The St. Louis Rams are heading to arbitration over what to do about the Edward Jones Dome. The St. Louis Convention and Visitors Commission, which runs the facility and leases it to the Rams, voted Thursday to begin the arbitration process. The two sides remain far apart on plans to upgrade the dome. The 30-year lease signed when the Rams moved to St. Louis from Los Angeles prior to the 1995 season requires the dome to be among the top quarter of NFL stadiums in 15 separate categories. If it isn't, the team can break the lease after the 2014 season. Negotiations began in February with the CVC proposing $124 million in improvements. The Rams countered with a much broader plan that city officials said could cost $700 million.
Updated at 7:30 a.m. Wednesday to correct election date error and add vote totals.
There was sparse voter turnout but overwhelming support for a major bond issue Tuesday that will allow the Metropolitan St. Louis Sewer District, to gradually increase rates to pay for necessary upgrades.
Referred to as Proposition Y, the bond issue’s passage means the average MSD customer’s bill will go up from around $29 a month to nearly $44 over the next four years. That's compared to almost $65 a month had the bond issue not been approved.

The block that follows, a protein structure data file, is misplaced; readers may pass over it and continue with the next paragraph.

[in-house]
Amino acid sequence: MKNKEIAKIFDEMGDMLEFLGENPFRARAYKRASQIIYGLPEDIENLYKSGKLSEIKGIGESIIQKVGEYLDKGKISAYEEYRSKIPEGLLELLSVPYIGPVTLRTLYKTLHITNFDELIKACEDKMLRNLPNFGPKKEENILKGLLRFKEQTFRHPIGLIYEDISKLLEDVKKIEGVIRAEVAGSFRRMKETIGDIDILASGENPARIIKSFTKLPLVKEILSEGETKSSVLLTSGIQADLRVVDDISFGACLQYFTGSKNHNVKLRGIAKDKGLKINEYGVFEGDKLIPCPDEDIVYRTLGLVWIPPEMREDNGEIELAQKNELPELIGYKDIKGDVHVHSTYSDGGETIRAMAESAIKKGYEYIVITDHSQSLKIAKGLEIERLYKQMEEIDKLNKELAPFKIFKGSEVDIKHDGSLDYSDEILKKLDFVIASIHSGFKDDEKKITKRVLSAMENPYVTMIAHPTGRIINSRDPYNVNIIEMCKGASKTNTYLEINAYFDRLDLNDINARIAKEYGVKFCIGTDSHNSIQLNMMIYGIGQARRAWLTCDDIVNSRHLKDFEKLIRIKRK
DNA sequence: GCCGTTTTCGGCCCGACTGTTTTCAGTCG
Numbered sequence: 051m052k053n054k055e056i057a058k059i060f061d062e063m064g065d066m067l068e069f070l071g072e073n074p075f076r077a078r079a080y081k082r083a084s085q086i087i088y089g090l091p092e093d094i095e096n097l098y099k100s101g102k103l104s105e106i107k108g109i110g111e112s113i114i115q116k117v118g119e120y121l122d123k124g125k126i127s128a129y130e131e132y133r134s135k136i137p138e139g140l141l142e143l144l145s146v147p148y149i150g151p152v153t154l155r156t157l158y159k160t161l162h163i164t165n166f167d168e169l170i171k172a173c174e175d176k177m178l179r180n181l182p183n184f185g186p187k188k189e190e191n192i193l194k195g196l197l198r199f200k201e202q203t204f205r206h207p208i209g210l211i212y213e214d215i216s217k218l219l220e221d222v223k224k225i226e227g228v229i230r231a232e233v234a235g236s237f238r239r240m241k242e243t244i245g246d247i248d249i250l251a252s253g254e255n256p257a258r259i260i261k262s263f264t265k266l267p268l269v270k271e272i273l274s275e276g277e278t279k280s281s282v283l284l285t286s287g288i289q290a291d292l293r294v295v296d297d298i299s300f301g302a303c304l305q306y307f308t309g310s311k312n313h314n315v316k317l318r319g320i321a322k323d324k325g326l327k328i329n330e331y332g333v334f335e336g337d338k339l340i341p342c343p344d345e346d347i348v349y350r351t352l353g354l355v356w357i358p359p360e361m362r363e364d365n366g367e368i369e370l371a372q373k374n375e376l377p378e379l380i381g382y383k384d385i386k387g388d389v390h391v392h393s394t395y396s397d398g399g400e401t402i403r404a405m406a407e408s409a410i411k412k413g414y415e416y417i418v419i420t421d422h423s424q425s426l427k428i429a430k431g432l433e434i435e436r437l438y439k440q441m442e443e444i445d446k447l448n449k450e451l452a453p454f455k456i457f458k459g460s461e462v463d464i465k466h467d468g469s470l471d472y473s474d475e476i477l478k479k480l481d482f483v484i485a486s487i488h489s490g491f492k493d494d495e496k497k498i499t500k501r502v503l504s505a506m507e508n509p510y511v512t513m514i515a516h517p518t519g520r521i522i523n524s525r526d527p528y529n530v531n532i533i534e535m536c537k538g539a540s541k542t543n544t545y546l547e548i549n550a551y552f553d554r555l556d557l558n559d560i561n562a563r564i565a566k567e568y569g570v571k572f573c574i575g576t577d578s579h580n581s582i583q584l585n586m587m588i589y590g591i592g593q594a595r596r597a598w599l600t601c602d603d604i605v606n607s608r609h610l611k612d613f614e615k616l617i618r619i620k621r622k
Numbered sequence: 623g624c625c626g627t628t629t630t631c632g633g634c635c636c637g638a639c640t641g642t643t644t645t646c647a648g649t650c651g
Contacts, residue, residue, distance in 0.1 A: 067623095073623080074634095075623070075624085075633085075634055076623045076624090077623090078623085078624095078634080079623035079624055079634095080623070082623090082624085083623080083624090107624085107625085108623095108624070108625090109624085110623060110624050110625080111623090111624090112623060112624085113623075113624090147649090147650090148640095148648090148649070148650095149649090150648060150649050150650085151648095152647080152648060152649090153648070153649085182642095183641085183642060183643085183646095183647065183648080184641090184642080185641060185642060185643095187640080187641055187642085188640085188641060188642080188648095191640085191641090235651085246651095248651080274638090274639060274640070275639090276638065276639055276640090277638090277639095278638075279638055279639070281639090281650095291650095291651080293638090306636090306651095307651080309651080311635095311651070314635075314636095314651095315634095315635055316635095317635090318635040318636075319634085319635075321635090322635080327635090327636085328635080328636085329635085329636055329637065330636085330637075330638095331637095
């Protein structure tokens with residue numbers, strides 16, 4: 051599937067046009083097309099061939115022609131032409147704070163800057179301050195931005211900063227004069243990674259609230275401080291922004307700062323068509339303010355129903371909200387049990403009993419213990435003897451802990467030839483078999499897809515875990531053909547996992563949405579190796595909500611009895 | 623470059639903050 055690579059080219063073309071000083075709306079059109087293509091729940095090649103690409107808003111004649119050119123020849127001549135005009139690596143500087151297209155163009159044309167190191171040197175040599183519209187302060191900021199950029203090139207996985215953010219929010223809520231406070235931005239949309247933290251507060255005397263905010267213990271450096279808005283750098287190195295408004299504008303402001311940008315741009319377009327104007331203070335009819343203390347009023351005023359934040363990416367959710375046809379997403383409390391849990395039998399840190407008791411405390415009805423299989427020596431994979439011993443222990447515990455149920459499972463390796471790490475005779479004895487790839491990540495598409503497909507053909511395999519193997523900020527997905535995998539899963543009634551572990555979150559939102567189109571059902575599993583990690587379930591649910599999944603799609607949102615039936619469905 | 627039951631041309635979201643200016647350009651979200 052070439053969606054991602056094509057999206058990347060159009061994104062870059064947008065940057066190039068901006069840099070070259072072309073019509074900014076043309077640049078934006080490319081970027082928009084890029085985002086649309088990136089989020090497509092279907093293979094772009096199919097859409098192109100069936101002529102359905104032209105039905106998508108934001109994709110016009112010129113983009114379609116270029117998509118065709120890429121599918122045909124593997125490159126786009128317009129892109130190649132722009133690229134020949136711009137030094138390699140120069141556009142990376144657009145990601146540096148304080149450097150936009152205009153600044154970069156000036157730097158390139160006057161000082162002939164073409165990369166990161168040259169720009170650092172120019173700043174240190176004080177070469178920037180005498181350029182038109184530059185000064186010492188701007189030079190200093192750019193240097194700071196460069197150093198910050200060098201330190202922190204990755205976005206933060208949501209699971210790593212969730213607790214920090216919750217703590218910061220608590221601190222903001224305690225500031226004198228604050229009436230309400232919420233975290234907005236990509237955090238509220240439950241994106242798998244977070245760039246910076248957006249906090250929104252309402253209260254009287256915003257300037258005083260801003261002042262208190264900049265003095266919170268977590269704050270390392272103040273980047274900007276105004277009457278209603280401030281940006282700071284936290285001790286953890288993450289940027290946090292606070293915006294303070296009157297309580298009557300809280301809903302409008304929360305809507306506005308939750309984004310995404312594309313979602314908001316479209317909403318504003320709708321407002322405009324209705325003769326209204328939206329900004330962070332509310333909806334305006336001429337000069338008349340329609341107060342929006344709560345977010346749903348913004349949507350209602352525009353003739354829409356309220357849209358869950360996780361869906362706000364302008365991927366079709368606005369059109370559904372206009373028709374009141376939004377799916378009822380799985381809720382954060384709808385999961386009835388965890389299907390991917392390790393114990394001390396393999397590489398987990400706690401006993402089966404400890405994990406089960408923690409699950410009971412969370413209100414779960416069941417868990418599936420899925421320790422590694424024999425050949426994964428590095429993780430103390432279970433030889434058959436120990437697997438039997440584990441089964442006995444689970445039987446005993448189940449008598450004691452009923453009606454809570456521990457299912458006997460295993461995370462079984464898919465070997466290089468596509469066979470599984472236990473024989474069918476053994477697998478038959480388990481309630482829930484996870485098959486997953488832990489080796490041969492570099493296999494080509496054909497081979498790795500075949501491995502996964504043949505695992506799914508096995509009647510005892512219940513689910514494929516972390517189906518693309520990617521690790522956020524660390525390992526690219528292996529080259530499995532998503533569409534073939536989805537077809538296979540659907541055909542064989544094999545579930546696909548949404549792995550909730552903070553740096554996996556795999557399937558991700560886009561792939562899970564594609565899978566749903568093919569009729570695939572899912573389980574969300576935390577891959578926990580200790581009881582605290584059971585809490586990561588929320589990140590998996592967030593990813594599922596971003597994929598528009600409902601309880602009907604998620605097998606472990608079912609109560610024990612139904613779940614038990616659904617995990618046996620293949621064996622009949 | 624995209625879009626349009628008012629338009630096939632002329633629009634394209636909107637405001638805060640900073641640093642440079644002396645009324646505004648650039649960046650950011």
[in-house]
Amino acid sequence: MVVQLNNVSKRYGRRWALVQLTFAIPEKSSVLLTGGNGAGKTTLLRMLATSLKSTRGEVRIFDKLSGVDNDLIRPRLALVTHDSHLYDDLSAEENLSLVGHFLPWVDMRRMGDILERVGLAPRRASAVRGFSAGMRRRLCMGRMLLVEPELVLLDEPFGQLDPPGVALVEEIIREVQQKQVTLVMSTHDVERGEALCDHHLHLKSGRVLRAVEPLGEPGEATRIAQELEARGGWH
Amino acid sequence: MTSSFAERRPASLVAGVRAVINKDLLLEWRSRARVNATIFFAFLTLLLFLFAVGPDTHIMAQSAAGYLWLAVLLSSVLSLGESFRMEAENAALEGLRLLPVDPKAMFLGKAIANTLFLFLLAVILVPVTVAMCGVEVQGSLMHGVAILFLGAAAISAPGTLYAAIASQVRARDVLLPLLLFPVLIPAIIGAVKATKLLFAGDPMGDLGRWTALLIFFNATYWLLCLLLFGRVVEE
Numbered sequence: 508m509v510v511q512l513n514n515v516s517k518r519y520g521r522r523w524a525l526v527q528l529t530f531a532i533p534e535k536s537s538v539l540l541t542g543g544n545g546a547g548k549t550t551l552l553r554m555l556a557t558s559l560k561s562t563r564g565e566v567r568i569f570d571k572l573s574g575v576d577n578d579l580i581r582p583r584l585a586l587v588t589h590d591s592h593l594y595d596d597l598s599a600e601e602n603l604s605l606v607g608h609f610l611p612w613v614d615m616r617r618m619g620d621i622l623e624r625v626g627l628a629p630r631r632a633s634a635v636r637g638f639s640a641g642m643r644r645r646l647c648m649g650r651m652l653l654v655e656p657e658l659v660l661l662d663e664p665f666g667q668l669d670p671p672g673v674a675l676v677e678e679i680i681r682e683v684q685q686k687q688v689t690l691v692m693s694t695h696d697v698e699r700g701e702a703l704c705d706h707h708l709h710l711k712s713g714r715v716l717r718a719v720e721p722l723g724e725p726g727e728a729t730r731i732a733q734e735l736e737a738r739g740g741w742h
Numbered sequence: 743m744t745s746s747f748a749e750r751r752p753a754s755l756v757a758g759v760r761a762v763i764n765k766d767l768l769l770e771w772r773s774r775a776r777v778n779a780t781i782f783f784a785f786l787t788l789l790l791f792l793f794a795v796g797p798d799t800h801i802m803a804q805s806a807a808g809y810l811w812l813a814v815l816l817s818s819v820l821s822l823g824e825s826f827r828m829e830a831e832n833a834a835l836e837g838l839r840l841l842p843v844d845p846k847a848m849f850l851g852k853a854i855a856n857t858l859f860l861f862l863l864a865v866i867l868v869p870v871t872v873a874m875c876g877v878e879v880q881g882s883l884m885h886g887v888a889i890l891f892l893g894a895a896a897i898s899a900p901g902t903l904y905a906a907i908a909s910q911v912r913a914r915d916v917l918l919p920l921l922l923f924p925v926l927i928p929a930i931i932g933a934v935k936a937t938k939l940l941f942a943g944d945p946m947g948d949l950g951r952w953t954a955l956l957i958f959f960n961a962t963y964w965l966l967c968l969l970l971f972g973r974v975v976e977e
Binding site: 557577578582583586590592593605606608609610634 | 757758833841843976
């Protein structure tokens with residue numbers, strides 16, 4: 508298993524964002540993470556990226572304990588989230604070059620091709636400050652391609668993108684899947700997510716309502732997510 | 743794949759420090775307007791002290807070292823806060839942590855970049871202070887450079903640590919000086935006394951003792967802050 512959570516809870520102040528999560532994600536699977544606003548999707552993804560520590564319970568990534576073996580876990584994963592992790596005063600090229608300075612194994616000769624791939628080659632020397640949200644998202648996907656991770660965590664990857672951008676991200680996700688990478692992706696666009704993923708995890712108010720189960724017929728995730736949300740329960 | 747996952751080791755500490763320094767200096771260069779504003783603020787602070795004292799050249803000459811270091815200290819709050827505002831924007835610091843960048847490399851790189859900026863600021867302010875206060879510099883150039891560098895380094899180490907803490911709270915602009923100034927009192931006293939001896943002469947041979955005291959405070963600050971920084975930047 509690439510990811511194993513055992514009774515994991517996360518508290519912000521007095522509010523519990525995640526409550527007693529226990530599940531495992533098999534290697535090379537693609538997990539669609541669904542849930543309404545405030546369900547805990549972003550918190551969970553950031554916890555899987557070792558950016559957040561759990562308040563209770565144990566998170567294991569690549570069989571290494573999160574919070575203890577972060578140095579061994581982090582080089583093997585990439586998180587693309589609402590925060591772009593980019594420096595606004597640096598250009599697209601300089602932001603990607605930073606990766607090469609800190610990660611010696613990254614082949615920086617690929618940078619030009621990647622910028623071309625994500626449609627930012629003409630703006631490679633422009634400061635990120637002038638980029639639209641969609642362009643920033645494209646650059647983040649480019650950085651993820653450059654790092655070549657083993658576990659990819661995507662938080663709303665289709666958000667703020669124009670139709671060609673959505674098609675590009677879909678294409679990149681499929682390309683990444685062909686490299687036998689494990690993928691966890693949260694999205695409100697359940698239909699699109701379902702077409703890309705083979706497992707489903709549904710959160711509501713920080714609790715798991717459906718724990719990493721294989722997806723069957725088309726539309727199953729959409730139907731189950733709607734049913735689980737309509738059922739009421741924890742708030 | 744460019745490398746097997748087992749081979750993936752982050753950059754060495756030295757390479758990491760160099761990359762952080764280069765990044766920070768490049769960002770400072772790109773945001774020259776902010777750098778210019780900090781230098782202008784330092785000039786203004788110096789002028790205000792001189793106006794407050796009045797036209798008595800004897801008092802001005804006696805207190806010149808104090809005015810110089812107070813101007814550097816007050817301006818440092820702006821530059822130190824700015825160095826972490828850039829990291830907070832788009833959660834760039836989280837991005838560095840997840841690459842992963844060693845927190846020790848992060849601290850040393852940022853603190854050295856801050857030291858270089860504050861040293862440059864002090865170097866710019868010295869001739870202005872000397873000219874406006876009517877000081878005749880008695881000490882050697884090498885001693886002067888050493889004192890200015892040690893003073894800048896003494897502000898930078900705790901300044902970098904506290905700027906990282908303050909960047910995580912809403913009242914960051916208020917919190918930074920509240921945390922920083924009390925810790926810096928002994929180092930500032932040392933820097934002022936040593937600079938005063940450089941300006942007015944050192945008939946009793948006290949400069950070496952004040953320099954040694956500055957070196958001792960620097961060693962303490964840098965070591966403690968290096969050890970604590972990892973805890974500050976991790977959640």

Updated at 5:45 with statement from the Attorney General's office.
Updated at 2:00 with comments from MSD, Missouri Coalition for the Environment.
A federal judge in Missouri has given her approval to a consent decree that requires the Metropolitan St. Louis Sewer District to make billions of dollars in improvements to settle Clean Water Act violations.
A ruling from the Missouri Court of Appeals is a mixed bag for the Metropolitan St. Louis Sewer District.
The decision today is the latest in a series of rulings on a storm water "user charge" the agency implemented in 2007. The charge was based on the impervious area of a property, and replaced a system of a flat tax that could be enhanced by additional taxes in 21 sub-districts.